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Maps tell stories. Not simply representations of objective spatial realities, they are texts, created by individuals and groups who decide the subject of a map, the purpose, the point of view, what is included, and what is left out.
And thanks to the proliferation of digital technologies, maps are also exciting interactive resources for the classroom; visual platforms that teachers and students can use to create, define, and understand historic themes and concepts as well as the geography in which events unfold.
It's one thing to access the extraordinary historic map collections now available online through private individuals, libraries, and archives. The David Rumsey Collection, the Perry-Castañeda Library Map Collection at the University of Texas, and the Newberry Library Map and Cartography Collections are perhaps among the largest collections. It's more difficult, perhaps, to make sense of maps, to integrate them into the curriculum, and to master the various technologies that make digital maps come alive.
At History Matters in Making Sense of Maps, author David Stevens writes that "...to fully understand a map we need to know how to decode its message and place it within its proper spatial, chronological, and cultural contexts."
Below you'll find a few resources that may help.
The National Archives Teaching with Documents Lesson Plans offers a Map Analysis worksheet that help map users define exactly what kind of map they're working with and what the map is intended to do or to show.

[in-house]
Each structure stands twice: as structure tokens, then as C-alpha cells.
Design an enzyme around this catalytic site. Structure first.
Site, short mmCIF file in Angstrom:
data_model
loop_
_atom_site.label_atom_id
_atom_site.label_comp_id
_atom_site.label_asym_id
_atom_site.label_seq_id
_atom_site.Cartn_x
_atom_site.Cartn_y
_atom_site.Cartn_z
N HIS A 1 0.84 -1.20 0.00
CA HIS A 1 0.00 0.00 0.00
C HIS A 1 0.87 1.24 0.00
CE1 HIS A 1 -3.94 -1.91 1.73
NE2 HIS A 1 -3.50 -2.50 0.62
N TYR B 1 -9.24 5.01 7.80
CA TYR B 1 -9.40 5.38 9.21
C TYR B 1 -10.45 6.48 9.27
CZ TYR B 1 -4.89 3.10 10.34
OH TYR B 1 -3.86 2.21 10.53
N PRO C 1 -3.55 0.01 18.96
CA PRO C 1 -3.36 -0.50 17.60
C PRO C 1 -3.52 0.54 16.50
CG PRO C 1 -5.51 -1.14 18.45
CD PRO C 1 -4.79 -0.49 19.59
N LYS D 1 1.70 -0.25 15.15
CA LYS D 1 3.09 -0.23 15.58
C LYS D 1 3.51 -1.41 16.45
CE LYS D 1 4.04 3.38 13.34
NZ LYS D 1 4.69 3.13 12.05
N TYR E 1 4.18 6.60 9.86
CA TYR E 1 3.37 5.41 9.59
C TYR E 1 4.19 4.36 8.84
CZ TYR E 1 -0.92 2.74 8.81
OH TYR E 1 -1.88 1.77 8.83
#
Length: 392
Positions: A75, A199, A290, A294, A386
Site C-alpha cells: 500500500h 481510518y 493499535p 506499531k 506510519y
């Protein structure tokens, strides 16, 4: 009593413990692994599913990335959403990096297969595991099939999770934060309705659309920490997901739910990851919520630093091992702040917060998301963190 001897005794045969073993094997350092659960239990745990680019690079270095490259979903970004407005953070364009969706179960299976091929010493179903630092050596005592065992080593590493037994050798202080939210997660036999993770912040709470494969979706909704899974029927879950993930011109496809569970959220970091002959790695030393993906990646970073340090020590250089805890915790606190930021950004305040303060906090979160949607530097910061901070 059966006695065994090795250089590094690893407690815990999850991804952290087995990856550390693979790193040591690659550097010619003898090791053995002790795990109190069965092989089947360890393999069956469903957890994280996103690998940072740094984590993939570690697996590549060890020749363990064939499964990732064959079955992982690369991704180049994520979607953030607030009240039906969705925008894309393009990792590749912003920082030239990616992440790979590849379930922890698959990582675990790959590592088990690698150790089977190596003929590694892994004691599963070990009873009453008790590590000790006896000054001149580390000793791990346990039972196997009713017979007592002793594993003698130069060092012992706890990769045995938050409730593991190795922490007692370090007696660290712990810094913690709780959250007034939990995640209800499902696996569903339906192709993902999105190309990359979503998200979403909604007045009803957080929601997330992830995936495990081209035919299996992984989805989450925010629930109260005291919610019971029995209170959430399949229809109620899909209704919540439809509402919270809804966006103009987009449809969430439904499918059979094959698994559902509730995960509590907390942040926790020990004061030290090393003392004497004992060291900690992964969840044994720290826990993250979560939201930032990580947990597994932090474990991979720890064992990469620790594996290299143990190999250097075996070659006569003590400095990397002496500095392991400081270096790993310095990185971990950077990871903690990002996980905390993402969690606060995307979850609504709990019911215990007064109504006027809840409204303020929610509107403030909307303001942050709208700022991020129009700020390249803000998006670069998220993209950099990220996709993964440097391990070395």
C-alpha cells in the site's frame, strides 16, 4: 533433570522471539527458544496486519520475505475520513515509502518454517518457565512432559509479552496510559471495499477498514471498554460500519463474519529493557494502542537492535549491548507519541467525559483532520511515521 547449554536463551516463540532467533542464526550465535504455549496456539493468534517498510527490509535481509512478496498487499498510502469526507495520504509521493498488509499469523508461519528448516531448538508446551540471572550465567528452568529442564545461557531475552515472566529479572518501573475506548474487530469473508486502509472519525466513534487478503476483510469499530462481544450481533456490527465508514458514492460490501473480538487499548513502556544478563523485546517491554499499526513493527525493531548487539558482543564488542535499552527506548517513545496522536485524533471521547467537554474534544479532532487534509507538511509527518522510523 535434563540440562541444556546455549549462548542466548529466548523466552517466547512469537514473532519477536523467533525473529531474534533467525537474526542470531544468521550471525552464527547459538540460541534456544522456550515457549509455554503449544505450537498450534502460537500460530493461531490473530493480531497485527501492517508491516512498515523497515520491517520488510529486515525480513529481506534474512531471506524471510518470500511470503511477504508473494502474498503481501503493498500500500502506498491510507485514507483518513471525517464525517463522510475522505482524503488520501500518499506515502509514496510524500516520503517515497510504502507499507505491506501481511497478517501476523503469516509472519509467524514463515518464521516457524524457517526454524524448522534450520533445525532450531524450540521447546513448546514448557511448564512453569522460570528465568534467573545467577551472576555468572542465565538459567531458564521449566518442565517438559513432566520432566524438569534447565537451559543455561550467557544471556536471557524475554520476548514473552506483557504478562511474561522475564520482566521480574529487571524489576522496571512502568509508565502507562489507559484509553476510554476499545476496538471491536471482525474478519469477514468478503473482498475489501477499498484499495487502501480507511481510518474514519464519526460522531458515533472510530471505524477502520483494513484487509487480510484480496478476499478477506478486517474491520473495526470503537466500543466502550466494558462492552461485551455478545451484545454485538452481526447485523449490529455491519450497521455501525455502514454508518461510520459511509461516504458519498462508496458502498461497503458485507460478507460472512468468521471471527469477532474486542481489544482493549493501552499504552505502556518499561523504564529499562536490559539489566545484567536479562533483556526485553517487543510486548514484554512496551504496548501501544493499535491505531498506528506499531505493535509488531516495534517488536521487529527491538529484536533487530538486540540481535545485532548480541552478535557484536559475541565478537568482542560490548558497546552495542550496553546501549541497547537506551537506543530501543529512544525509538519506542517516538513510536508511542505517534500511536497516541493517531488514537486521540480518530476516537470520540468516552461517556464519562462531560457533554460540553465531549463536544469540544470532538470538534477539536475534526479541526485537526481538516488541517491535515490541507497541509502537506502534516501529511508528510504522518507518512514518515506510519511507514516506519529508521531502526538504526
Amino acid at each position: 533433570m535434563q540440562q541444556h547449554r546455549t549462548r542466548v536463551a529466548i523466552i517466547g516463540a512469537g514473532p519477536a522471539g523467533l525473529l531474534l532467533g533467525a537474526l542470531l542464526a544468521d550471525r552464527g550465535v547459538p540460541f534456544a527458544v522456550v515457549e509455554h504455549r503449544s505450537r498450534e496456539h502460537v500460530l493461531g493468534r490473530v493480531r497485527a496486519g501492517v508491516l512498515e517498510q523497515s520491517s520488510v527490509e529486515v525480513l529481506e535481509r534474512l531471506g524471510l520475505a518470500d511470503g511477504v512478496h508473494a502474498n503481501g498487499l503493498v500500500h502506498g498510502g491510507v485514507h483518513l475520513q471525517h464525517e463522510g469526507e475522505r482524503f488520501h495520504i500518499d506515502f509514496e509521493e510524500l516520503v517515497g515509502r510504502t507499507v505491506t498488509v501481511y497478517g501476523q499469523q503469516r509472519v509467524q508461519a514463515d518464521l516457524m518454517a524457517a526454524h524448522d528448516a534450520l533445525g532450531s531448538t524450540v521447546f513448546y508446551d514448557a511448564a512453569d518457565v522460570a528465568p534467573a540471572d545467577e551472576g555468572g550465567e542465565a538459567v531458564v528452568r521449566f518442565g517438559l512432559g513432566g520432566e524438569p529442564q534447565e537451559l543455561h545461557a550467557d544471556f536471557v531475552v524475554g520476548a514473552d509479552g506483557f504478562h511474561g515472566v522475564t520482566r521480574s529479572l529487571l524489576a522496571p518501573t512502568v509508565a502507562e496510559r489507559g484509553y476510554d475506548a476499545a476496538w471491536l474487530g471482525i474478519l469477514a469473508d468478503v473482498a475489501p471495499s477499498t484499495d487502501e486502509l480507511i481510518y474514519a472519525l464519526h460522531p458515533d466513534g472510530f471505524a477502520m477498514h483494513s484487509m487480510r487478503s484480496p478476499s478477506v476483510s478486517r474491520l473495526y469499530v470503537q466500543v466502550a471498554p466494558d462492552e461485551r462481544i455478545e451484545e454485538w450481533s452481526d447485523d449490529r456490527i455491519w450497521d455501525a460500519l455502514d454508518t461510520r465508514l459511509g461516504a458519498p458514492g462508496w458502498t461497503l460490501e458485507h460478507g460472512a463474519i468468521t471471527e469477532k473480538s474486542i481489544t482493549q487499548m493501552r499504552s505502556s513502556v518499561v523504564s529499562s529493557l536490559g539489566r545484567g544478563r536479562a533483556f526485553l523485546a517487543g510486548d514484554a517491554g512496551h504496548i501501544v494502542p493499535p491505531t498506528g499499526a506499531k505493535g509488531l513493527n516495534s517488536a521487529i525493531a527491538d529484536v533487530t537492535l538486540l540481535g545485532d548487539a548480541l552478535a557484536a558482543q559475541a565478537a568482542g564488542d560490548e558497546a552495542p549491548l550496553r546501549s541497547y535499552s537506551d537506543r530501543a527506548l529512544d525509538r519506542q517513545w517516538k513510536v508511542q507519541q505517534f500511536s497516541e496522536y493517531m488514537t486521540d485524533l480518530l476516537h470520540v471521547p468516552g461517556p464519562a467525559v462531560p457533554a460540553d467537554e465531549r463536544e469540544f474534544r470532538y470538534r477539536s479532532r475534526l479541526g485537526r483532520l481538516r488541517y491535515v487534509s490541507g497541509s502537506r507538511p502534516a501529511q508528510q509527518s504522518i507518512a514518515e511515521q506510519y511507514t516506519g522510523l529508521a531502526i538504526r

At the Newberry Library, Historic Maps in K-12 Classrooms consolidates a range of historic maps and lesson plans. Maps are thematically grouped in topics such as Exploration and Encounter and The Historical Geography of Transportation. Lesson plans specifically designed for K-2, 3-5, 6-8, and 9-12 accompany each map.
Stanford Spatial History Project his is a very interesting and unusual idea. Historians at Stanford have collected very specific and detailed information about historical events within short time frames and then produced graphic representations of these events that you can play over maps. It's very precise and perhaps too detailed for many high school level students to make sense of, however some of them helped show how historical phenomena occurred. Particularly chilling was the graphic showing slave purchases in the Rio slave market in the mid-C19th; you can see individual children being bought at specific times by specific people.
blogspot on google maps
The uses of Google Earth seem inexhaustible and invaluable as a teaching tool. It's also a bit intimidating. Joe Woods, a California educator, provides basic directions for getting started, an introduction to Google tools such as Sketchup, and curriculum ideas on the wiki Google Earth (& Maps!) in the Classroom.
Scribble Maps is another of those applications that make learning just way too fun. It enables you to draw and write on Google maps. Map history, create timelines, annotate historic sites, and work can be emailed or embedded in a blog or website. Fortunately, Scribble Maps is fairly self-explanatory, because instructions aren't readily found. The blog, however, includes a user-created short film demonstrating the tools and how to use them.